Budget negotiations continue

Washington State SenateThe $2-billion-deficit budget that the House proposed on the last day of the regular session was a non-starter for the bipartisan Senate coalition committed to reform. We presented a responsible, sustainable budget from which we could have begun negotiations. The majority in the House, however, chose not to even allow their budget negotiators to the table to talk.

On March 15, the bipartisan coalition in the Senate once again attempted to break the budget stalemate with a revised version of our original reform budget. It was the first compromise proposal of the special session (you can watch the news conference at this link). Our hope was that it would encourage negotiations and get the budget process moving.

The new bipartisan Senate budget proposal remains true to the coalition’s goals of sustainability, reforms that will produce long-term savings, and closing the $1.1 billion budget hole with no new taxes. It responds to concerns we heard about the initial coalition budget and eliminates cuts to K-12, higher education and child care. It avoids another deficit in the next biennium by maintaining a reserve, avoiding one-time fixes and making the $330 million basic education payment to our schools on time (unlike the House Democrat budget, which skips this payment and creates a $2 billion deficit next year).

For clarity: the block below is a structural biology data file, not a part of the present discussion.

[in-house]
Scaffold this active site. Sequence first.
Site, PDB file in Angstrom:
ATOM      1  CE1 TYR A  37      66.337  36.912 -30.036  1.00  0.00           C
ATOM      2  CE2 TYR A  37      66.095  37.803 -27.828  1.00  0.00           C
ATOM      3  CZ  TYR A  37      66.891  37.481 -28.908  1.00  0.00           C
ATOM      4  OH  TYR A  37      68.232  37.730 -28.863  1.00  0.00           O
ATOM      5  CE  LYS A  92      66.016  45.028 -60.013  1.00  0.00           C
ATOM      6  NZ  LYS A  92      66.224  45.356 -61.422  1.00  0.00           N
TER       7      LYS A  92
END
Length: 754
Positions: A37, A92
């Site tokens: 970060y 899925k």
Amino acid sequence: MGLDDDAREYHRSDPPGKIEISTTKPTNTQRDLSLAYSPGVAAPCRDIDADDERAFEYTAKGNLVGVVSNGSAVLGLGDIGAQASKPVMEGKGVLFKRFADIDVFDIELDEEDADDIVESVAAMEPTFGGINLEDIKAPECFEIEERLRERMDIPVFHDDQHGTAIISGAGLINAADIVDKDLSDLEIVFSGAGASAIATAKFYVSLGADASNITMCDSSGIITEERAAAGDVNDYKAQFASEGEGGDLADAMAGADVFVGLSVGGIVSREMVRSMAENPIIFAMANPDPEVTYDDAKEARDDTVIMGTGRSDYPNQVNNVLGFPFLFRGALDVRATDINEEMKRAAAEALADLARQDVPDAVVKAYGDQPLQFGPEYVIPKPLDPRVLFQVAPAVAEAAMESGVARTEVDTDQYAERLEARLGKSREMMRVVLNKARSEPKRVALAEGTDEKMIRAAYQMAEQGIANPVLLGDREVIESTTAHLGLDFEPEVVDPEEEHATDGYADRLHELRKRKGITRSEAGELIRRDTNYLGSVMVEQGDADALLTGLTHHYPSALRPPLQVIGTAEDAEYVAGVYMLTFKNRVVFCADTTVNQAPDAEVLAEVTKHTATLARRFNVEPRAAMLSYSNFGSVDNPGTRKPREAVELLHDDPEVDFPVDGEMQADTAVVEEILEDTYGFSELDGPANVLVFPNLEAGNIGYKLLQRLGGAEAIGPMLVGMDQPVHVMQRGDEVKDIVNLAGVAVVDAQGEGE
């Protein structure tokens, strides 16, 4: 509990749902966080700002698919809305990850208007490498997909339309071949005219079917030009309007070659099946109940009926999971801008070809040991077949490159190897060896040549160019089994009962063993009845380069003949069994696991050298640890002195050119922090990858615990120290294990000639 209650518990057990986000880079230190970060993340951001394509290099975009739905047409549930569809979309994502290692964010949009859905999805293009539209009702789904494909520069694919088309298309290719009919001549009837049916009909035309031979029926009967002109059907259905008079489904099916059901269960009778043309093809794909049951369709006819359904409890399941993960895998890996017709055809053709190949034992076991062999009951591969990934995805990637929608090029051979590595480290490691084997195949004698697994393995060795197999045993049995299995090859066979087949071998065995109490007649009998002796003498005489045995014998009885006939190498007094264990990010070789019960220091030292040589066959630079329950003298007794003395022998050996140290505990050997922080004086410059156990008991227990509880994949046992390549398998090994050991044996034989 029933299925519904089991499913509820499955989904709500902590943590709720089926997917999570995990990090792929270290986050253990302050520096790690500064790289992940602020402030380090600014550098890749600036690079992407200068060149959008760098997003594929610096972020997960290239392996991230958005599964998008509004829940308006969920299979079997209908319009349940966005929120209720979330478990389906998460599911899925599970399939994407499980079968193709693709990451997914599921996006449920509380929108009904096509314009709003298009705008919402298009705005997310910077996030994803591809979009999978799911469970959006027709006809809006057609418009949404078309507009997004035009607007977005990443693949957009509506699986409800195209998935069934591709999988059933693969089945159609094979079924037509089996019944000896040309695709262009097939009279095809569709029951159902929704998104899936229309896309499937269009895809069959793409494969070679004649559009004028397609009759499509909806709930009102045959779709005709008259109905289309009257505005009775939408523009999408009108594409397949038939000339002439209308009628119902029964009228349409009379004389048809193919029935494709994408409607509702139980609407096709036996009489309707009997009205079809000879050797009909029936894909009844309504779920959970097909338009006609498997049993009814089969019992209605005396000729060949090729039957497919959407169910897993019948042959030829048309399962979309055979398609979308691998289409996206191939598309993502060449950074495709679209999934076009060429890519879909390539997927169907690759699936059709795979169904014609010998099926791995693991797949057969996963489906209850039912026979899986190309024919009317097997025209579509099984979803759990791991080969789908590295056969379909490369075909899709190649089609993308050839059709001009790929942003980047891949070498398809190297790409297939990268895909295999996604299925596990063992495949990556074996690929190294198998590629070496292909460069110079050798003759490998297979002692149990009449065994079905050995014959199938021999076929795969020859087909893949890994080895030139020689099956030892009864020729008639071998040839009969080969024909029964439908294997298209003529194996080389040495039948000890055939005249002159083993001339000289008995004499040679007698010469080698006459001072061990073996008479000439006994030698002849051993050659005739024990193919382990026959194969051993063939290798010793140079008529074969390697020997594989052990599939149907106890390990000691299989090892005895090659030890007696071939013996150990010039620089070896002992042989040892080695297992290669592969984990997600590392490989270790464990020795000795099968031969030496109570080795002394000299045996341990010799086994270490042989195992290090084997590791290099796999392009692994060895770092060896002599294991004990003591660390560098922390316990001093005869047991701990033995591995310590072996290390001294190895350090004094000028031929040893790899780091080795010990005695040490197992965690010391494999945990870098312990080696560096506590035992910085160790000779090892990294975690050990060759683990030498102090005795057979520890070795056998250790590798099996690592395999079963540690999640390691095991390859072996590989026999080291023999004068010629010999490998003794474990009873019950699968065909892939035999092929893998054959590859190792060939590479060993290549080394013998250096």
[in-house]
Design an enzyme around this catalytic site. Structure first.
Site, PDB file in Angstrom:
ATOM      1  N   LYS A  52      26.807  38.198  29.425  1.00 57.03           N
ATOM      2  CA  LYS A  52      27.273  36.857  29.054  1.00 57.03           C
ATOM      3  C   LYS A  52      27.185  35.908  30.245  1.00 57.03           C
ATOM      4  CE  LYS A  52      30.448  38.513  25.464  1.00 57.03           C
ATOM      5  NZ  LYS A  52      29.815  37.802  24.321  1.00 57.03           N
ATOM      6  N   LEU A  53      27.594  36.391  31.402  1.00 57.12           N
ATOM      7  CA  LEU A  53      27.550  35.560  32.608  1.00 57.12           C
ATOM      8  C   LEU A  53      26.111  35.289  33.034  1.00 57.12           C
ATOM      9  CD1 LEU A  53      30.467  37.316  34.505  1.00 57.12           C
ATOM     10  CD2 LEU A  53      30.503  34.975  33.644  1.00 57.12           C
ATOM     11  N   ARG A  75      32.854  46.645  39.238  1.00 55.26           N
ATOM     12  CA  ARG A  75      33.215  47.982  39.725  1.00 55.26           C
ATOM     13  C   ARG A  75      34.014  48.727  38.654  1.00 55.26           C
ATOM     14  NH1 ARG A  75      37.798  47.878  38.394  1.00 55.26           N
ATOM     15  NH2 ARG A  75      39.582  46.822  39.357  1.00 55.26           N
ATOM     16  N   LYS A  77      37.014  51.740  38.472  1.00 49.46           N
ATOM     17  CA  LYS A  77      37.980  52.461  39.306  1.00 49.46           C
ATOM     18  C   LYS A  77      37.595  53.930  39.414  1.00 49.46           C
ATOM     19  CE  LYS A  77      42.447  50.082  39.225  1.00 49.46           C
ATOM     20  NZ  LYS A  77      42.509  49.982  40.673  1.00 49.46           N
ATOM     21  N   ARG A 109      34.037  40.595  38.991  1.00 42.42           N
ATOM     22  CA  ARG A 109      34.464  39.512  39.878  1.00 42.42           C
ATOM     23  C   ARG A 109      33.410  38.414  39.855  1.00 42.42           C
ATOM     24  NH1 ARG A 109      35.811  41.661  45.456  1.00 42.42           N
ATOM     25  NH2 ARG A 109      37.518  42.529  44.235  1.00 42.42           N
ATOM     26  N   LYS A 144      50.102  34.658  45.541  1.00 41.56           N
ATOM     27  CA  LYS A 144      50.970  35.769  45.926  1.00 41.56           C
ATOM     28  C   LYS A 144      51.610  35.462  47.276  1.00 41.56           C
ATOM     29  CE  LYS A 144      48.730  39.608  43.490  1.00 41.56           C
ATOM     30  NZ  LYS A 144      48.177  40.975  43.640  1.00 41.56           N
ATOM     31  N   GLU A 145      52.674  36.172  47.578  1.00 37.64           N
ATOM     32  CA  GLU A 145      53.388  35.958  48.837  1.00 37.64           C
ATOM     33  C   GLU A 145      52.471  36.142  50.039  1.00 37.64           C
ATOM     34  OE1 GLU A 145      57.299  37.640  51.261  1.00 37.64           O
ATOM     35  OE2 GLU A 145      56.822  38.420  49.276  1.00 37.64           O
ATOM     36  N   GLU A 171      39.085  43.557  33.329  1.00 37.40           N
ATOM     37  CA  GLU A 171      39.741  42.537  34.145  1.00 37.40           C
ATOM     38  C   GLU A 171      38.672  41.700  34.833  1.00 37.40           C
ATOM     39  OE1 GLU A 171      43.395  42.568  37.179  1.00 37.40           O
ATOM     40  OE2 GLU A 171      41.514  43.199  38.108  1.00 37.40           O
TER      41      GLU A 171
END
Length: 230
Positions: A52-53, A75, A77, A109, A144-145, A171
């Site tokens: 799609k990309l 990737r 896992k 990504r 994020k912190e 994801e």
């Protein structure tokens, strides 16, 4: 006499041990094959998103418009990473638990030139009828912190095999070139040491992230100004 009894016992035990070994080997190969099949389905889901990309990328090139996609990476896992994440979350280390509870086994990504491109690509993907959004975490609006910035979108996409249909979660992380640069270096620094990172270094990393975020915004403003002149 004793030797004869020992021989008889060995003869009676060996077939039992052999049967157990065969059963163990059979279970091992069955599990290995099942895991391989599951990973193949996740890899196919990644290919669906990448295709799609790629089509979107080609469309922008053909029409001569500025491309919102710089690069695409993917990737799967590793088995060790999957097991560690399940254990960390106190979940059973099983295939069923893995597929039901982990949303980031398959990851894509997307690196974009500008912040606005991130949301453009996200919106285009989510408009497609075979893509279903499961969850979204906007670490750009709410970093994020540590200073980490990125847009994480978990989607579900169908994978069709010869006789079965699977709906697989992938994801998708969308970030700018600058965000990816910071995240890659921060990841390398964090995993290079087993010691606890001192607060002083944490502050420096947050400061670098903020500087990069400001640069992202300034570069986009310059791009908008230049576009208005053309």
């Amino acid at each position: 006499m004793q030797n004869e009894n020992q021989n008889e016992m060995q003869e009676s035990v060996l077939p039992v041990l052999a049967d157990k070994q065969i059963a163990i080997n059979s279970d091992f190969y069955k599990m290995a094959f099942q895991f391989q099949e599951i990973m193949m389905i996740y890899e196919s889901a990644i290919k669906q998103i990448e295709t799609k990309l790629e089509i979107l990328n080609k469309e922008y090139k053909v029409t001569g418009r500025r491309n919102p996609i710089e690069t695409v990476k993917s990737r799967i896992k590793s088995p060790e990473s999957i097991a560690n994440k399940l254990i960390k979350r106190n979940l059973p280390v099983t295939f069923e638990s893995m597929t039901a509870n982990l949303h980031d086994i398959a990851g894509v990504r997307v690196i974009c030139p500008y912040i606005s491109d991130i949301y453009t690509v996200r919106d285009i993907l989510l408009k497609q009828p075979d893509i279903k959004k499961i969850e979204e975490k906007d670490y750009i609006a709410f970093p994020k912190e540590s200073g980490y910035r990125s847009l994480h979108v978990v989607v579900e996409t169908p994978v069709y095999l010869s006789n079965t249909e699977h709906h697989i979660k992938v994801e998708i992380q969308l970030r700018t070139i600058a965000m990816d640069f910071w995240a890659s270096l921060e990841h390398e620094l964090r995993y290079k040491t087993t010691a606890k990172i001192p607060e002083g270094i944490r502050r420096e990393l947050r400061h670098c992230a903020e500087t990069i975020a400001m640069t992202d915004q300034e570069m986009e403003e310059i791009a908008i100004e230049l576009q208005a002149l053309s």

The budget includes some key reforms:

  • Senate Joint Resolution 8222 – Constitutional amendment increasing the 2-year balanced budget requirement to a 4-year balanced budget requirement.
  • Senate Joint Resolution 8221 – Constitutional amendment lowering the state’s debt limit.
  • Senate Bill 6618 – My bill to make non-basic education mandates (I-728, I-732) subject to available funds, and create a legislative task force to develop a K-12 education funding plan to respond to the Supreme Court ruling that the state must “provide ample provision” for basic education by 2018.
  • Senate Bill 6442 – Reforming the K-12 employee health benefits system.
  • Senate Bill 6378 (revised) – Reforming the state’s public pension system for new hires after July 1, 2012 and using the savings to pay off the state’s pension debt.

The coalition proposal also seeks to improve student learning in the state’s 10 “persistently lowest achieving” schools with a revised charter school bill (Senate Bill 6202). Now the authors of the House and Senate are working to craft a final budget that a majority of both sides can agree upon.